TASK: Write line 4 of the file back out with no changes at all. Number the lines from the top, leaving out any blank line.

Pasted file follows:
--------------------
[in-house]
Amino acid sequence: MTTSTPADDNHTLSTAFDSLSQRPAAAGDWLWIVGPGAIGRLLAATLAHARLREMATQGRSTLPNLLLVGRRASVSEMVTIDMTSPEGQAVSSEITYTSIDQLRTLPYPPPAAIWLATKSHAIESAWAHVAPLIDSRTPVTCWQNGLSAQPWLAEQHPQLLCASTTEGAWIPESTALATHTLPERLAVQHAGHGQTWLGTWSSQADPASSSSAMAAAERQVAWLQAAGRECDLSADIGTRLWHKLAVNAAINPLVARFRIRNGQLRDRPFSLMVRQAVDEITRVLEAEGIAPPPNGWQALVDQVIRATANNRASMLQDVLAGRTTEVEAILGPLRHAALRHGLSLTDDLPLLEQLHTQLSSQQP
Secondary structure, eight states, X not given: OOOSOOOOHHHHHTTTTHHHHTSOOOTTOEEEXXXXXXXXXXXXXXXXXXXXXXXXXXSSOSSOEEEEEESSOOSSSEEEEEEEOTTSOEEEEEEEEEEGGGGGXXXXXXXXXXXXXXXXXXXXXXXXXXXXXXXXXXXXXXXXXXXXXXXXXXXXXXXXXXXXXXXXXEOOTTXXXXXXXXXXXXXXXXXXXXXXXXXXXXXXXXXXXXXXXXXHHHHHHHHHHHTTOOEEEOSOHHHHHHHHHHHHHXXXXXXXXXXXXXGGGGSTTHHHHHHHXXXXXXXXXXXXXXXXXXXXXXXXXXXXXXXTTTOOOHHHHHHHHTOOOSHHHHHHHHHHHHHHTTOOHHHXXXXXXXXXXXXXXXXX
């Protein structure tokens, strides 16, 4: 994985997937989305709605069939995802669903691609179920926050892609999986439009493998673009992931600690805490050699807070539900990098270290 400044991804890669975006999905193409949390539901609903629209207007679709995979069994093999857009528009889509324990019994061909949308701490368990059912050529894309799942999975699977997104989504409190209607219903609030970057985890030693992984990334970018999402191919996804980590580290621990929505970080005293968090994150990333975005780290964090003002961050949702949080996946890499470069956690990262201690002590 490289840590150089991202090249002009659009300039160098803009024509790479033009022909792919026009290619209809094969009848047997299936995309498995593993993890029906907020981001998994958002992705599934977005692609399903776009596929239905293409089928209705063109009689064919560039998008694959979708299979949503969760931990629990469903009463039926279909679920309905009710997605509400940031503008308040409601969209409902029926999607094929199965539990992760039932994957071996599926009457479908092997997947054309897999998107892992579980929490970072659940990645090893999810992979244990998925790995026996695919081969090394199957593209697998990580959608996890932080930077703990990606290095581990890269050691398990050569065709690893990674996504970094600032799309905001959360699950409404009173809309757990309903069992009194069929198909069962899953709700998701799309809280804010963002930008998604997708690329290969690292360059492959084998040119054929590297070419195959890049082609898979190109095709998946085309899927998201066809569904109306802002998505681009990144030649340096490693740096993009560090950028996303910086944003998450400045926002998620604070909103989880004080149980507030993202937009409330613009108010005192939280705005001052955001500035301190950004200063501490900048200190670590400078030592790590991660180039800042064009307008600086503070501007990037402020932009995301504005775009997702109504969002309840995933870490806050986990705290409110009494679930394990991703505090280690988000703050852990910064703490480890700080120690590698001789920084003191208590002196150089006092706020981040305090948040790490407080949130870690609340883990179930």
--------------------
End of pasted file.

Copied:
């Protein structure tokens, strides 16, 4: 994985997937989305709605069939995802669903691609179920926050892609999986439009493998673009992931600690805490050699807070539900990098270290 400044991804890669975006999905193409949390539901609903629209207007679709995979069994093999857009528009889509324990019994061909949308701490368990059912050529894309799942999975699977997104989504409190209607219903609030970057985890030693992984990334970018999402191919996804980590580290621990929505970080005293968090994150990333975005780290964090003002961050949702949080996946890499470069956690990262201690002590 490289840590150089991202090249002009659009300039160098803009024509790479033009022909792919026009290619209809094969009848047997299936995309498995593993993890029906907020981001998994958002992705599934977005692609399903776009596929239905293409089928209705063109009689064919560039998008694959979708299979949503969760931990629990469903009463039926279909679920309905009710997605509400940031503008308040409601969209409902029926999607094929199965539990992760039932994957071996599926009457479908092997997947054309897999998107892992579980929490970072659940990645090893999810992979244990998925790995026996695919081969090394199957593209697998990580959608996890932080930077703990990606290095581990890269050691398990050569065709690893990674996504970094600032799309905001959360699950409404009173809309757990309903069992009194069929198909069962899953709700998701799309809280804010963002930008998604997708690329290969690292360059492959084998040119054929590297070419195959890049082609898979190109095709998946085309899927998201066809569904109306802002998505681009990144030649340096490693740096993009560090950028996303910086944003998450400045926002998620604070909103989880004080149980507030993202937009409330613009108010005192939280705005001052955001500035301190950004200063501490900048200190670590400078030592790590991660180039800042064009307008600086503070501007990037402020932009995301504005775009997702109504969002309840995933870490806050986990705290409110009494679930394990991703505090280690988000703050852990910064703490480890700080120690590698001789920084003191208590002196150089006092706020981040305090948040790490407080949130870690609340883990179930």